Reference is now made to FIGURE 2 of the drawings which discloses the silica glass substrate 18 upon which is formed the annealed rhenium thin resistor film 29 and the silicon dioxide protective layer 31. The metal film element 29 may be of the same or different widths depending upon the desired circuit component fabricated. Also the values of the resistances may be altered by varying the surface area of the deposited film on the substrate.

While I have described and illustrated one specific embodiment of my invention, it will be clear that variations of the details of construction which are specifically illustrated and described may be resorted to without departing from the true spirit and scope of the invention as defined in the appended claims.

I claim:

1. The process of making highly stable thin film resistors which comprises, in a vacuum environment, the steps of depositing vaporized rhenium in a thin film on an electrically insulating substrate heated to a temperature within the range from 400 C. to 700 C., and thereafter annealing said film at a temperature within said range for a period of time sutficient to stabilize the electrical and physical characteristics of the thin film resistor.

2. The process of claim 1 wherein said substrate is a ceramic material.

3. The process of claim 1 wherein said substrate is a silica-bearing glass.

4. The process of claim 1 wherein said period of time is from 30 to 90 minutes.

5. The process according to claim 1 wherein is subsequently included the steps of cooling said substrate and said t-hin film of rhenium thereon, removing the filmcarrying substrate from said vacuum environment, and covering exposed surfaces of the thin film of rheniu'm with an oxidation-preventing protective coating of dielectric material.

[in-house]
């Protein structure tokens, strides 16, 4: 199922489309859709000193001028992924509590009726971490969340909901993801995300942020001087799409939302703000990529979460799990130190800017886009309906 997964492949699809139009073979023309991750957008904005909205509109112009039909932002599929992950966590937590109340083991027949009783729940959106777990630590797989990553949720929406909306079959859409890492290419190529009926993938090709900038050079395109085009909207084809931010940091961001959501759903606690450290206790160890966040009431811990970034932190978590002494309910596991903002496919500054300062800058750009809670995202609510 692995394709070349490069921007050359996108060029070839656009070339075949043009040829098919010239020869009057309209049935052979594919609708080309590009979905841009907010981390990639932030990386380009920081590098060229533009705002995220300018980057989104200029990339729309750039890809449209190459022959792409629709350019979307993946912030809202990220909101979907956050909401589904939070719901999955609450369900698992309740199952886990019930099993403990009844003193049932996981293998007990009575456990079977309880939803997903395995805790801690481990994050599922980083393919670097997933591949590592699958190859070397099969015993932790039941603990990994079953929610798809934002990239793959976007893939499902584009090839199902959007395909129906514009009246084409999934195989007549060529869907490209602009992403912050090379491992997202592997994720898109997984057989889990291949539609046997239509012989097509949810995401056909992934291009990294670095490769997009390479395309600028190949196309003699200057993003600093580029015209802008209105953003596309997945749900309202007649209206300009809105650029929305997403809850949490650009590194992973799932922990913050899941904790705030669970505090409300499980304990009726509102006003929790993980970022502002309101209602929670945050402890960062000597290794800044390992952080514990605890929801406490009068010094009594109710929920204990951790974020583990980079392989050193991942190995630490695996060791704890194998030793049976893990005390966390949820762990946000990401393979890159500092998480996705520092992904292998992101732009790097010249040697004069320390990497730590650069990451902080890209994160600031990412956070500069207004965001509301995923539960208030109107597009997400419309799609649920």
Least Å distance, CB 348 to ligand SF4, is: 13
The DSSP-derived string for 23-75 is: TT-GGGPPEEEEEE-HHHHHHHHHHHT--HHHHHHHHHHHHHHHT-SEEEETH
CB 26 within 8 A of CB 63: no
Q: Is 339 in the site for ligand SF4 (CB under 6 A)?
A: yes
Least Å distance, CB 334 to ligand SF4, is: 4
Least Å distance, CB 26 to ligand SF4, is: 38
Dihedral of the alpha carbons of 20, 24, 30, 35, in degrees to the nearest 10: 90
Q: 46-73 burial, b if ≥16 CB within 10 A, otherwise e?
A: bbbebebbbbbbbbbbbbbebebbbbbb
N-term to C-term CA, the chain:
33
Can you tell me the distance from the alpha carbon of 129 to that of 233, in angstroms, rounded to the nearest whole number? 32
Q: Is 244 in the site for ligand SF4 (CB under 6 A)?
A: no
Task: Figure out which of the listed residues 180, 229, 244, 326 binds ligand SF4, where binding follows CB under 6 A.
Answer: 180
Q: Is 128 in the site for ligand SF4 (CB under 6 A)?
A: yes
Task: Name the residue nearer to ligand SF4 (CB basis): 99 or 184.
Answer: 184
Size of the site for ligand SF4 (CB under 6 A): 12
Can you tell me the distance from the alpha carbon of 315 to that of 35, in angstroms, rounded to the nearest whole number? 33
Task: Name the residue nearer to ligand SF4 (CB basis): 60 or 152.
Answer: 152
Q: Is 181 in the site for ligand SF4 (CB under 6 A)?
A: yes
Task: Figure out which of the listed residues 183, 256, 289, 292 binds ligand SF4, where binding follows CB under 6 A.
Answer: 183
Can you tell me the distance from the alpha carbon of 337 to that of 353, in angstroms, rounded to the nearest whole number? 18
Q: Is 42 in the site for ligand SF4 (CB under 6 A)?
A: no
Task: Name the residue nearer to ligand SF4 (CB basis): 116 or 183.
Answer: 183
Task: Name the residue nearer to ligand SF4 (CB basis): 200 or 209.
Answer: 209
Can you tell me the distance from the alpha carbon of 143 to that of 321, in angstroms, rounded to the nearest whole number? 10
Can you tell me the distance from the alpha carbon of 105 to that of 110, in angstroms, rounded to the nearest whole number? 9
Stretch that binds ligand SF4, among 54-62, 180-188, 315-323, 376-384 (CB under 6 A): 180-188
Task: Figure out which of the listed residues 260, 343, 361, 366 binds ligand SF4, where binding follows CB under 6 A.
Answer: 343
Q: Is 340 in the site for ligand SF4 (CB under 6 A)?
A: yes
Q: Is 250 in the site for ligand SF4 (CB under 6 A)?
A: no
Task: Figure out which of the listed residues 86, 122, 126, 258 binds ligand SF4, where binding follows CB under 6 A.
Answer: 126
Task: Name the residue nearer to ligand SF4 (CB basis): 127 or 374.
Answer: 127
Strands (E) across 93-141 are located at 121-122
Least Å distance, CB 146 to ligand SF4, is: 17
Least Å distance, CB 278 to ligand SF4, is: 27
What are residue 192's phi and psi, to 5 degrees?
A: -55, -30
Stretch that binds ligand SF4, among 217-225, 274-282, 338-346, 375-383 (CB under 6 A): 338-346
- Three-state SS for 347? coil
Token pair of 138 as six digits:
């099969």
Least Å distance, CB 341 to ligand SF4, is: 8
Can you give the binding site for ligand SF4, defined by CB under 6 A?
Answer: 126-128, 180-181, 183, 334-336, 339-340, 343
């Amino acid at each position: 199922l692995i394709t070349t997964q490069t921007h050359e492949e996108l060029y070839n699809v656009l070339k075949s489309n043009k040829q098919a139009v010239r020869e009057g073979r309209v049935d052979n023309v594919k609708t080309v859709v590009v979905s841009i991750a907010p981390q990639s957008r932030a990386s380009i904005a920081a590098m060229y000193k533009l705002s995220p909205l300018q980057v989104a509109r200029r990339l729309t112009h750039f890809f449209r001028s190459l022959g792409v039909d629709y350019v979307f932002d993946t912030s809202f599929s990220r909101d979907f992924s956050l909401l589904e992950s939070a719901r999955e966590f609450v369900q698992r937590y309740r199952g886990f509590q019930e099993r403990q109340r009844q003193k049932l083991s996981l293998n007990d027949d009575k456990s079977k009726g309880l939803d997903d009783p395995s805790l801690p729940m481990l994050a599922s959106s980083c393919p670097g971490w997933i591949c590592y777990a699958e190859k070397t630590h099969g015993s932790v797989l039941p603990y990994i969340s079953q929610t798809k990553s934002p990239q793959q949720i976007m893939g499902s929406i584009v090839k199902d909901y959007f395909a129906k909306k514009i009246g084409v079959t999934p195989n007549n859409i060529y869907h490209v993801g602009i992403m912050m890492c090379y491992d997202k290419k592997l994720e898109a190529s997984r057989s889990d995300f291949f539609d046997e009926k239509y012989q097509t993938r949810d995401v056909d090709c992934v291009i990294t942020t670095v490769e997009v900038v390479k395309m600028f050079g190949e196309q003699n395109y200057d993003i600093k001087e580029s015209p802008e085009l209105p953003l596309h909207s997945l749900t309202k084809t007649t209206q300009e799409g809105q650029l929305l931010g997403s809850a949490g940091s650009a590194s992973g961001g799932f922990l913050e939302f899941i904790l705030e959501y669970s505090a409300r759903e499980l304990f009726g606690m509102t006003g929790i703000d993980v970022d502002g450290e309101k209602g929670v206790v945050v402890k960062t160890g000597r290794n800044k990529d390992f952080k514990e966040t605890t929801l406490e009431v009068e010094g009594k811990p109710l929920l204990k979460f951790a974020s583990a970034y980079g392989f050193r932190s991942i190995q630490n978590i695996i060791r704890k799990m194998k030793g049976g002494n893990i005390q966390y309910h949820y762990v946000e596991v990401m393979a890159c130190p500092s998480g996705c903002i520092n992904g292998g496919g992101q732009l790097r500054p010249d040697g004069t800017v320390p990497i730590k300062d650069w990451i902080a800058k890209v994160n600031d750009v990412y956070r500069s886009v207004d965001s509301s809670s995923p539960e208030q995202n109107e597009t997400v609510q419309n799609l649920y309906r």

6. The process according to claim 5 wherein said dielectric material is silicon dioxide.

7. A process of making highly stable thin film resistors with controlled temperature coefiicient of resistance characteristics, comprising the steps of depositing, in a vacuum environment, vaporized rhenium in a film of predetermined thickness on an electrically insulative substrate heated to a temperature within the range from 400 C. to 700 C., said film thickness being selected to produce the desired resistance value of said film, s aid temperature being selected to produce and to stabilize the desired temperature coefiicient of resistance of said film, and thereafter annealing said substrate and film in said vacuurn environment at a temperature within said range for a period of time sufiicient to stabilize the mechanical and electrical properties thereof.

8. The process according to claim 7 wherein the rheniurn is vaporized by focusing an electron beam on a solid mass of rhenium within said vacuum environment.

9. The process according to claim 7 wherein said substrate is a ceramic material.

10. The process according to claim 7 wherein said substrate is a silica-bearing glass.

11. The process according to claim 7 wherein said period of time is 30 to minutes.

12. The process according to claim 7 wherein is further included the steps of subsequently cooling said substrate and said film of rhenium thereon, removing the filmcarrying substrate from said vacuum environment, and covering exposed surfaces of the film of rheniurn with an oxidation-preventing protective dielectric coating.

13. The process according to claim 7 wherein said dielectric coating is silicon dioxide.

References Cited UNITED STATES PATENTS 2,997,979 8/ 1961 Tassara 117-217 3,015,587 1/1962 MacDonald l17-107.1 1,434,268 10/ 1922 Tillyer 11733.3 2,382,432 8/1945 McManus et al. 117-107 2,616,840 11/1952 Levi 20437 2,904,450 9/ 1959 Island et al. 117-106 2,997,524 8/1961 Ruskin 29---199 3,024,965 3/ 1962 Milleron 204-298 RALPH S. KENDALL, Primary Exmniner.

ALFRED L. LEAVITT, MURRAY KATZ,

Examine/1s. A. GOLIAN, Assistant Examiner.

Patent Citations
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Referenced by
Citing PatentFiling datePublication dateApplicantTitle
US3660158 *Dec 30, 1968May 2, 1972Gen ElectricThin film nickel temperature sensor and method of forming
US4496609 *Oct 22, 1981Jan 29, 1985Applied Materials, Inc.Chemical vapor deposition coating process employing radiant heat and a susceptor
Classifications
U.S. Classification427/566, 148/DIG.710, 427/597, 427/10, 427/103, 427/102, 257/537
International ClassificationC23C14/58, H01B1/00, H01C17/08, H01C7/06, H01L49/02, C23C14/30, C23C14/18
Cooperative ClassificationC23C14/18, H01C17/08, H01B1/00, H01C7/06, Y10S148/071, C23C14/58, C23C14/30, H01L49/02, C23C14/5806
European ClassificationH01B1/00, H01L49/02, C23C14/58, H01C17/08, C23C14/18, C23C14/58B, H01C7/06, C23C14/30